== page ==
What Is the Book Value Per Share?

Avoid Confusing Book Value With Market Value

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"Book value" represents a company's assets minus its liabilities and sometimes is referred to as stockholder's equity, owner's equity, shareholder's equity, or simply equity. The book value per share formula is used to calculate the per share value of a company based on its equity available to common shareholders.

Book value per share is a market value financial ratio, and the purpose of calculating it is to relate shareholders' equity to the number of shares of common stock outstanding.

The number of shares of preferred stock is not considered, giving this a more "real" value to the common shares outstanding.

Calculating Book Value Per Share

Here is the calculation of the book value per share:

Book Value Per Share = Shareholders Equity ÷ Average Number of Common Shares

It's important to use the average number of outstanding shares in this calculation as a period-ending amount might be based on a short-term event such as a stock buy-back, which would influence results and diminish their reliability.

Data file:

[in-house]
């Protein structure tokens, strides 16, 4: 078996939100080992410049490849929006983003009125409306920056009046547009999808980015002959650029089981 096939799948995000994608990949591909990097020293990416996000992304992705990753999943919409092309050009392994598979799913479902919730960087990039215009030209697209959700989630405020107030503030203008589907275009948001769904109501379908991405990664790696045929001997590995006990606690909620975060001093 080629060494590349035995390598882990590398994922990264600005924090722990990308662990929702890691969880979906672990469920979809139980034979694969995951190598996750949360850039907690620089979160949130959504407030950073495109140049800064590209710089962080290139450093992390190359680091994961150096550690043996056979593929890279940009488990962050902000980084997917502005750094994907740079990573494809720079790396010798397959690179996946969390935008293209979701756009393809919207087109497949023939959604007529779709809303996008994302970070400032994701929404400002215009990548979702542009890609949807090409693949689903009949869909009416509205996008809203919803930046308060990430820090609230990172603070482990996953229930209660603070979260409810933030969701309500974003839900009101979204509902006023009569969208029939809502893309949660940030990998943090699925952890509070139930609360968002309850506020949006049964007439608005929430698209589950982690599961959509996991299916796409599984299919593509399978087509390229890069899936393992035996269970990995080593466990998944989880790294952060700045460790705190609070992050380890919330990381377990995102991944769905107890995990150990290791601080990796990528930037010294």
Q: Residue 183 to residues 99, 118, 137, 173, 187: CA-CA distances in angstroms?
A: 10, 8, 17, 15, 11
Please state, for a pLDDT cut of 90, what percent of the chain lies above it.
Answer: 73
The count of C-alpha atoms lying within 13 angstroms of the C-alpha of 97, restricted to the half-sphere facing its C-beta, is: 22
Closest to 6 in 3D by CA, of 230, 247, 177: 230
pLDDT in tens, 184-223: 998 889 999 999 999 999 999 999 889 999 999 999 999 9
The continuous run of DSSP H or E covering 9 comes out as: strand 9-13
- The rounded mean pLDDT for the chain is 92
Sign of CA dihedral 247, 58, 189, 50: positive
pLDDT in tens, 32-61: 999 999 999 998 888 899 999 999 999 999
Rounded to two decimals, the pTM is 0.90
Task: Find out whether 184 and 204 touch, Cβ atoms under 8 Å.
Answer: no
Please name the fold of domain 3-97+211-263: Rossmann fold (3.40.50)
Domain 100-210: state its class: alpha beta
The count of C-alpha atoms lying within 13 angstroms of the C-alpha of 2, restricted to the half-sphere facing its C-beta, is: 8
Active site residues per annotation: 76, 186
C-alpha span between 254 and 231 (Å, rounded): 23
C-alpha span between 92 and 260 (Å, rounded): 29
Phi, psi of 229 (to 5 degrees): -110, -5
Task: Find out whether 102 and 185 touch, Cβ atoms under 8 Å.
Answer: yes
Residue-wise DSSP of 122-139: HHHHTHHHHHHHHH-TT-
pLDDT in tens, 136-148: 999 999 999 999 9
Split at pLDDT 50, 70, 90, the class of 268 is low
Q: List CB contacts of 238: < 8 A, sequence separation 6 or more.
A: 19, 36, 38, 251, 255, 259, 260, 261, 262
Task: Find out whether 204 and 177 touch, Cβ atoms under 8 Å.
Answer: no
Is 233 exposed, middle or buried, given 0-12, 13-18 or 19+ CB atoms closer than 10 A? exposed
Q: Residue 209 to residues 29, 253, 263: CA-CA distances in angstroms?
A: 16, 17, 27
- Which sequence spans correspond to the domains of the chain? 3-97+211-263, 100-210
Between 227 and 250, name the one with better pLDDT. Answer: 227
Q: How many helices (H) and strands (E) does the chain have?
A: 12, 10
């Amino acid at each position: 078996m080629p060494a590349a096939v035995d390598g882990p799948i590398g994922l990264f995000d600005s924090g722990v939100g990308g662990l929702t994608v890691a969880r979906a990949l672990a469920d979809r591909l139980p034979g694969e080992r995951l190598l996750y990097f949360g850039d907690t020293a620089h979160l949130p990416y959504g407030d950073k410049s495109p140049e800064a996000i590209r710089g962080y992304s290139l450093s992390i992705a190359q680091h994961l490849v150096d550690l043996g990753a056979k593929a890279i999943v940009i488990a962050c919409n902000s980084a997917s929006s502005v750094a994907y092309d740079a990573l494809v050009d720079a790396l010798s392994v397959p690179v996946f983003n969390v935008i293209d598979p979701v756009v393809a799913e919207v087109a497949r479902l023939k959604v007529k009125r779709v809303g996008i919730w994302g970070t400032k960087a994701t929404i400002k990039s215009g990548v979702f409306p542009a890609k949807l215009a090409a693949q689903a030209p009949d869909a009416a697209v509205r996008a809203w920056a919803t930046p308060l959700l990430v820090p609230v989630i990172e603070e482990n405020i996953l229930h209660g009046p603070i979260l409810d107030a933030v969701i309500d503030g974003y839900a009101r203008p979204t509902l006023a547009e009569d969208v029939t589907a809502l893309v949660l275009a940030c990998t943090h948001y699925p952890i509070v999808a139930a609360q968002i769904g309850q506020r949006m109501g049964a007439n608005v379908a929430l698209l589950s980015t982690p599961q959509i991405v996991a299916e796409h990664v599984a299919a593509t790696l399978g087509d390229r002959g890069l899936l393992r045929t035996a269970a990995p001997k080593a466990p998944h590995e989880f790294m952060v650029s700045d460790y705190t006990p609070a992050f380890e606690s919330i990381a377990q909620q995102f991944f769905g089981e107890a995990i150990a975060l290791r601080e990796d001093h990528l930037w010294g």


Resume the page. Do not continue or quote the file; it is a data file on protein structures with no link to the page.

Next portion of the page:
Interpreting Book Value Per Share

This measurement is used by investors to evaluate the price of a company's common stock. For instance, if the market value per share is lower than the book value per share, then the stock price may be undervalued. 

However, book value is not market value. The book value of owners’ equity is not directly tied to the market value of a business and is essentially an accounting value, subject to management discretion in accounting policies.

Book value may be considered in varying degree in putting a market value on a business and its ownership shares.

There are interesting ways to look at book value. If market value is much higher than book value, the financial markets are likely experiencing a bull market. If the values are closer together, the financial markets may be in a bear market.

A Practical Example

Fictional Company A has $20,000,000 worth of stockholders equity, $5,000,000 worth of preferred stock, and an average of 5,000,000 shares outstanding. The calculation of its book value per share is:

($20,000,000 [Stockholders Equity] - $5,000,000 [Preferred Stock]) ÷ 5,000,000 [Average Number of Common Shares] = a book value per share of $3.

Two Considerations

There are two issues to consider:

  1. The market value per share is a forward-looking measure of what a company's shares are worth; conversely, the book value per share is an accounting measure that is not forward-looking. The two measures are completely different and are based on different information.
  2. Some assets tend to be undervalued in the book value concept, sometimes considerably, because it is not easy to put a cash value on them. Brand and reputation, for example, may take years to nurture. In-house proprietary research and development can be extremely valuable, but in this calculation may be seen only as an expense. Patents, goodwill and intellectual property also fall into this category. These factors can contribute to the disparity between book value and market value.